Shares of ATI Technologies Inc. fell more than 10 per cent Thursday after the computer-graphics chip maker unexpectedly swung to a loss in its fiscal third quarter and cut a fourth-quarter sales forecast it made less than two weeks ago.
It is the third sales warning this year from the Markham, Ontario, graphics-chip maker, which analysts fear is losing ground in a battle with rivals Nvidia Corp. and Intel Corp.
Shares of ATI fell to a low of $13.91 (Canadian) in Toronto, their lowest level in nearly two years. They closed down $1.26 or 8 per cent at $14.45. The stock has shed a third of its value since the start of 2005.
For the third quarter ended May 31, ATI reported a loss of $445,000 (U.S.) or break even on a per-share basis, compared with a year-earlier profit of $49-million or 19 cents a share. Analysts polled by Thomson First Call had expected a profit of 4 cents for the quarter.
Sales rose 7.8 per cent to $530-million, in line with analyst expectations. Gross margin, or the percentage of sales left after subtracting manufacturing costs, narrowed to 29 per cent from 35 per cent.
“It was a challenging quarter for ATI, particularly within our PC business where we came in well below our expectations for both revenue and gross margin,” said chief executive David Orton.
The company said it lost money despite higher sales on chips for personal computers, which includes those used in 3D graphics, video and multimedia products for desktop and notebook computers. These tend to have a lower profit margin than chips for televisions and cell phones, a division where sales were higher in the third quarter.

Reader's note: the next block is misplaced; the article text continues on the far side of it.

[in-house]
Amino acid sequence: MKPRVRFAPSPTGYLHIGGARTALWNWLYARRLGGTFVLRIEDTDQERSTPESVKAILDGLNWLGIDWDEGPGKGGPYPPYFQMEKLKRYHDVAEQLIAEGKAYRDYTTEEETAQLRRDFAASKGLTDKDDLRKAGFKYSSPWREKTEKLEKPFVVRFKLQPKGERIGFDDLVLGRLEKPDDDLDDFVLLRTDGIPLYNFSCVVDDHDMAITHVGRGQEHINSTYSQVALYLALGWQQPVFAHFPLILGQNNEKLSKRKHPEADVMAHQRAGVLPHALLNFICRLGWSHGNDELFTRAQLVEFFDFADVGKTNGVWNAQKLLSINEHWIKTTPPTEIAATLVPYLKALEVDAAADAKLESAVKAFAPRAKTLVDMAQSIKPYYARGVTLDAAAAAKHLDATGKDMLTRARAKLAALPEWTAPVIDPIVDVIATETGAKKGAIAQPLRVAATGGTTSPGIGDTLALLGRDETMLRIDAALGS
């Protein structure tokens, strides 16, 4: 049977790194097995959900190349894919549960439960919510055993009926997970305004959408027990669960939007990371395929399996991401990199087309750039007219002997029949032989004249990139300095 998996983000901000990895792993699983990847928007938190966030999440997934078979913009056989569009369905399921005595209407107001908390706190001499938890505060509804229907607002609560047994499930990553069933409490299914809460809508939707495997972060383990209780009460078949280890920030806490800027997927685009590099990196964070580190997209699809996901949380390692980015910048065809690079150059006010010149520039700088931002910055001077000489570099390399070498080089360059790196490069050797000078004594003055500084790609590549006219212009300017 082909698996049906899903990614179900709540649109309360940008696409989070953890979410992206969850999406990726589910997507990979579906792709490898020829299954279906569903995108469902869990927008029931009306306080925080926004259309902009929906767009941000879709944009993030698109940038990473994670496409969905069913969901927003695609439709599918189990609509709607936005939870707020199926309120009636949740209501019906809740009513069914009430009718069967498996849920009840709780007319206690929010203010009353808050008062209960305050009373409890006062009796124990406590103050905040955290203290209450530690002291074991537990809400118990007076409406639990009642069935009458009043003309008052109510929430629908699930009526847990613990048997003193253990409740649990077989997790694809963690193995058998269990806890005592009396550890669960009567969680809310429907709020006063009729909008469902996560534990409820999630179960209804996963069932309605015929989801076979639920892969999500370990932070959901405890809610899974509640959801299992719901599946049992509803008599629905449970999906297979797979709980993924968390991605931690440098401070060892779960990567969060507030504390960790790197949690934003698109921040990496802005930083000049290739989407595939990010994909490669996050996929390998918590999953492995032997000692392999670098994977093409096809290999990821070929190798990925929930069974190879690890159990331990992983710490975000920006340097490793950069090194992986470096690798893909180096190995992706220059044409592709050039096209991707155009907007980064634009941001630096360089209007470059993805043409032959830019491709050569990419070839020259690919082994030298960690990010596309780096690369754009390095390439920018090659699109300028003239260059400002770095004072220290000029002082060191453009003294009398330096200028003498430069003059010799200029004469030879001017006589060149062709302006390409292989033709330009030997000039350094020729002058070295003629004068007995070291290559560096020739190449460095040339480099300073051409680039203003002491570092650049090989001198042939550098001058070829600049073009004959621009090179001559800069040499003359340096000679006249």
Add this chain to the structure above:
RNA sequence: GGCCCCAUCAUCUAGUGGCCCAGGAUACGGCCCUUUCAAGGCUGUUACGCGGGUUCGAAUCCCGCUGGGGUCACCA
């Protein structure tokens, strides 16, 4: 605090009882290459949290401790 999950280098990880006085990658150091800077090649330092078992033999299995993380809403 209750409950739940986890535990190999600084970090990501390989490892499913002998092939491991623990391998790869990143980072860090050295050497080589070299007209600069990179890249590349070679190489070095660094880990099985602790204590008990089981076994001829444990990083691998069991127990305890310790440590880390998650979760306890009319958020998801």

ATI warned on June 6 — for the second time — that its fiscal third-quarter sales would miss targets. At the time, the company said it shipped too many low-end products and not enough high-value goods during the quarter, which would pressure gross margins.
Most analysts expected that the bad news was done, but on Thursday, the company lowered its sales forecast for the fourth quarter to between $550-million and $580-million.
“This range has been adjusted down from the preliminary guidance announced on June 6, 2005, due to a more conservative expectation on the ramp of new products in the fourth quarter,” ATI said. The company said on a conference call that its new graphics chip, the R520, is delayed.
Gross margin is expected to be in the range of 29 to 30 per cent, ATI said, although that “is largely dependent on the final product mix for the quarter.” Operating expenses, excluding stock-based compensation costs, are expected to remain flat to up 3 per cent from the third quarter.
Analysts, who had lowered their estimates after ATI's sales and gross margin outlook on June 6, are calling for earnings of 4 cents a share.
UBS Securities analyst Martin Cecchetto noted that ATI's inventory levels of $456-million at the end of the third quarter are a recent “historical high” of 111 days, well above the company's target of 60 days.
“When inventory last reached 96 days, a writedown occurred the next quarter which caused a one-time, 3 per cent impact to gross margins,” he said in a note released Thursday.
Analysts say that ATI is losing sales to competitors Nvidia, a U.S. graphics chip maker that has released new technology, and Intel, which has been making inroads into the laptop market.
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